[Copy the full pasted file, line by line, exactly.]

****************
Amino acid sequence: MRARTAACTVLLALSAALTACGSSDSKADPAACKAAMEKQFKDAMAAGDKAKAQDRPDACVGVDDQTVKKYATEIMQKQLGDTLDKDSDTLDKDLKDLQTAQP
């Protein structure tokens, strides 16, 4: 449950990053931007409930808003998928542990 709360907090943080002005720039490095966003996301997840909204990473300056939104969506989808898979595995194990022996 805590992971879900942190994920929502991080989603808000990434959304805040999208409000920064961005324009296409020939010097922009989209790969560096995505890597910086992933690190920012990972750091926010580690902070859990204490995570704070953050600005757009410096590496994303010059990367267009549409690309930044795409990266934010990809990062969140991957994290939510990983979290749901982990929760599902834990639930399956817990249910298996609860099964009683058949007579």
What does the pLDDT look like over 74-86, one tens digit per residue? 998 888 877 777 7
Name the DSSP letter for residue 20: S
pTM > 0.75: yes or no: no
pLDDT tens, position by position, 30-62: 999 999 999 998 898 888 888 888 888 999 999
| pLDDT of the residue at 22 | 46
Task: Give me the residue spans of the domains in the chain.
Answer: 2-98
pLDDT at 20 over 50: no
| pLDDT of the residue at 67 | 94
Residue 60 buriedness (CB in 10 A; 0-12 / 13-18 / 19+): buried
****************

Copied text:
Amino acid sequence: MRARTAACTVLLALSAALTACGSSDSKADPAACKAAMEKQFKDAMAAGDKAKAQDRPDACVGVDDQTVKKYATEIMQKQLGDTLDKDSDTLDKDLKDLQTAQP
């Protein structure tokens, strides 16, 4: 449950990053931007409930808003998928542990 709360907090943080002005720039490095966003996301997840909204990473300056939104969506989808898979595995194990022996 805590992971879900942190994920929502991080989603808000990434959304805040999208409000920064961005324009296409020939010097922009989209790969560096995505890597910086992933690190920012990972750091926010580690902070859990204490995570704070953050600005757009410096590496994303010059990367267009549409690309930044795409990266934010990809990062969140991957994290939510990983979290749901982990929760599902834990639930399956817990249910298996609860099964009683058949007579």
What does the pLDDT look like over 74-86, one tens digit per residue? 998 888 877 777 7
Name the DSSP letter for residue 20: S
pTM > 0.75: yes or no: no
pLDDT tens, position by position, 30-62: 999 999 999 998 898 888 888 888 888 999 999
| pLDDT of the residue at 22 | 46
Task: Give me the residue spans of the domains in the chain.
Answer: 2-98
pLDDT at 20 over 50: no
| pLDDT of the residue at 67 | 94
Residue 60 buriedness (CB in 10 A; 0-12 / 13-18 / 19+): buried